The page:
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Taking my current profile picture as a prominent example:

Dog's eyes glowing green in camera

This photo has been taken with flash. As I gather, this is the same effect that makes a human's eyes glow red on photos, namely the reflection of the flash at the choroid and then passing back through the retina.

The retina is full of bloodvessels and the blood inside them gives the reflected light it's reddish color.

If it's the same effect, why is the color different?

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  • $\begingroup$ Come on that's photoshopped $\endgroup$ – rhill45 Jan 13 '15 at 18:17
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    $\begingroup$ Nope. Not at all $\endgroup$ – Vogel612 Jan 13 '15 at 18:17
  • $\begingroup$ Then it's a star wars dog or you got some weird camera thing going on. Try post another with a person looking at the camera and that will rule out the camera thing. User 137 is right below but I've never seen something like this. $\endgroup$ – rhill45 Jan 13 '15 at 18:22
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Dogs, cats, and many other mammals have a Tapetum lucidum which reflects light back through the retina to help with night vision. Humans don't have this layer. The tapetum is probably reflecting green light that would have normally been absorbed.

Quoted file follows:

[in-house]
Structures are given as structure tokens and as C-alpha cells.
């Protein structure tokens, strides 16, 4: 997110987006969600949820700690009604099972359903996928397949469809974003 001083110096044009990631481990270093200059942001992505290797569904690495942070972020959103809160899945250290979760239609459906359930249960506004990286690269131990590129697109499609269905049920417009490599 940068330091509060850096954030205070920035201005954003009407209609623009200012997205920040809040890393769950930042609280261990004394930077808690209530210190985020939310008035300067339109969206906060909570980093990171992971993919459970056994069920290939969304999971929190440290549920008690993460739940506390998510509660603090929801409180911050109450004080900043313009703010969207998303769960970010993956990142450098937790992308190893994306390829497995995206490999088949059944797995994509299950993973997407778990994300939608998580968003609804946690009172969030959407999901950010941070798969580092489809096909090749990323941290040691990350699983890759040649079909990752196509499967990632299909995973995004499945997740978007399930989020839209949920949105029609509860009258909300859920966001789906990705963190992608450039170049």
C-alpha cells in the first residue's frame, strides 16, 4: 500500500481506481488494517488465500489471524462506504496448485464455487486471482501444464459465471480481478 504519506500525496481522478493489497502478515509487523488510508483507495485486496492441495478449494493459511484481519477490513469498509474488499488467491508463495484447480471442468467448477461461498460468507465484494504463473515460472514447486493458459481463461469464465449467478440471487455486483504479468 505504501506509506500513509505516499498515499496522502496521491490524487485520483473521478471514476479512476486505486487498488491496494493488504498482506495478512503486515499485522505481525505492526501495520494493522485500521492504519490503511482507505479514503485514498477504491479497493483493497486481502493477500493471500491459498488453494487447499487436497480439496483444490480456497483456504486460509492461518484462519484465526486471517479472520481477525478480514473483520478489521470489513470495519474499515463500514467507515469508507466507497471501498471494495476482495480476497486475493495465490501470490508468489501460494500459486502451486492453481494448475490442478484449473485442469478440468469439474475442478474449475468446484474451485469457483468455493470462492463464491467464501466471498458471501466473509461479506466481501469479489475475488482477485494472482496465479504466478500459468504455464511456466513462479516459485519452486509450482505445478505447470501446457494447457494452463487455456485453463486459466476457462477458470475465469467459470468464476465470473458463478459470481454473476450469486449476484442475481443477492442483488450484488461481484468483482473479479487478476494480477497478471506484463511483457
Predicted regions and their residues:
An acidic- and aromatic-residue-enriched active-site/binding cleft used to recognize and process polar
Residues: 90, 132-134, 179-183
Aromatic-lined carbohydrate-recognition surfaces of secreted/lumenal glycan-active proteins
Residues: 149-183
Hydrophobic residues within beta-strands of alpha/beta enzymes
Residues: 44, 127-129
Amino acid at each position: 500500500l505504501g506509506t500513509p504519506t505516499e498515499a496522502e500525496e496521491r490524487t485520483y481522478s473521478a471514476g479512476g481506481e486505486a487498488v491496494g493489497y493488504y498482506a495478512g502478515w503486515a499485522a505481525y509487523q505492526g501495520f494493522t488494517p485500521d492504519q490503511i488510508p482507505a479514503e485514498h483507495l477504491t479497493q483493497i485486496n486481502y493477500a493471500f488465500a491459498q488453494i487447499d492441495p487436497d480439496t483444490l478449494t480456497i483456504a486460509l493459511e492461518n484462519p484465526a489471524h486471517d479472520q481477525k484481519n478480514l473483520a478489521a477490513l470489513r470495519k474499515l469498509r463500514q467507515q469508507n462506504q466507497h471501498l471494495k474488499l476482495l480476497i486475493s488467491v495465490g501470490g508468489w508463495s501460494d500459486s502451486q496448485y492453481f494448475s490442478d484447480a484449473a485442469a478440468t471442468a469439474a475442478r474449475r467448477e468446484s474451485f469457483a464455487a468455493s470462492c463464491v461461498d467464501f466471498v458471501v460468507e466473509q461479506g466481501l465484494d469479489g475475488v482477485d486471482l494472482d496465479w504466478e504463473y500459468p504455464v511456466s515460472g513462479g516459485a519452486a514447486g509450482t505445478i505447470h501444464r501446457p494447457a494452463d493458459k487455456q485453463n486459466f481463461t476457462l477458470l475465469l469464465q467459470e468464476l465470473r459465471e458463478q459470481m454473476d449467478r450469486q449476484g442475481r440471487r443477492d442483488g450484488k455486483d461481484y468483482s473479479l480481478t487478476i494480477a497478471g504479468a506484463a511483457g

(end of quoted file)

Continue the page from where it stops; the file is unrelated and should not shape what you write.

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    $\begingroup$ The rod cells - cells used for night vision - are the most sensitive in the green region of spectrum. It does make sense for tapetum lucidum to reflect these preferentially $\endgroup$ – John Dvorak Jan 12 '15 at 18:21
  • $\begingroup$ It's also interesting that different dogs can reflect different colors. My Border Collie mix reflects greenish, but my (probably) Plott Hound reflects blue. (This is with an LED headlamp at night, not camera flash.) $\endgroup$ – jamesqf Jan 12 '15 at 19:35
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    $\begingroup$ @jamesqf Sometimes 1 animal can do two colors at once. $\endgroup$ – user137 Jan 12 '15 at 19:38

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